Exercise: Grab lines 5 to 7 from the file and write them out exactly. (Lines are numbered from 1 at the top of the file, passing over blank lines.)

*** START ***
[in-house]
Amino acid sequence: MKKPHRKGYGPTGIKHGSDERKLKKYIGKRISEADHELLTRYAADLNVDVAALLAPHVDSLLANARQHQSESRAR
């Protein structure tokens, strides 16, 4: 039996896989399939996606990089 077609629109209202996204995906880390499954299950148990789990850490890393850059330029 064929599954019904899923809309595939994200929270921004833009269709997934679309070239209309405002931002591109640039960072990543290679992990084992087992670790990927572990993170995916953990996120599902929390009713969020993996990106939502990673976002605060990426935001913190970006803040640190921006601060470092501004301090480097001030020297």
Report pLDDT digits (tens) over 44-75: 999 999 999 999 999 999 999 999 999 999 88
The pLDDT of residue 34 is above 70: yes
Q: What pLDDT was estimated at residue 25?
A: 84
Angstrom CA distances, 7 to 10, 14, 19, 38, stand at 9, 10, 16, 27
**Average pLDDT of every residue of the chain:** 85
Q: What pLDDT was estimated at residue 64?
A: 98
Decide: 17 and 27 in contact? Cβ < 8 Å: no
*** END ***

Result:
The pLDDT of residue 34 is above 70: yes
Q: What pLDDT was estimated at residue 25?
A: 84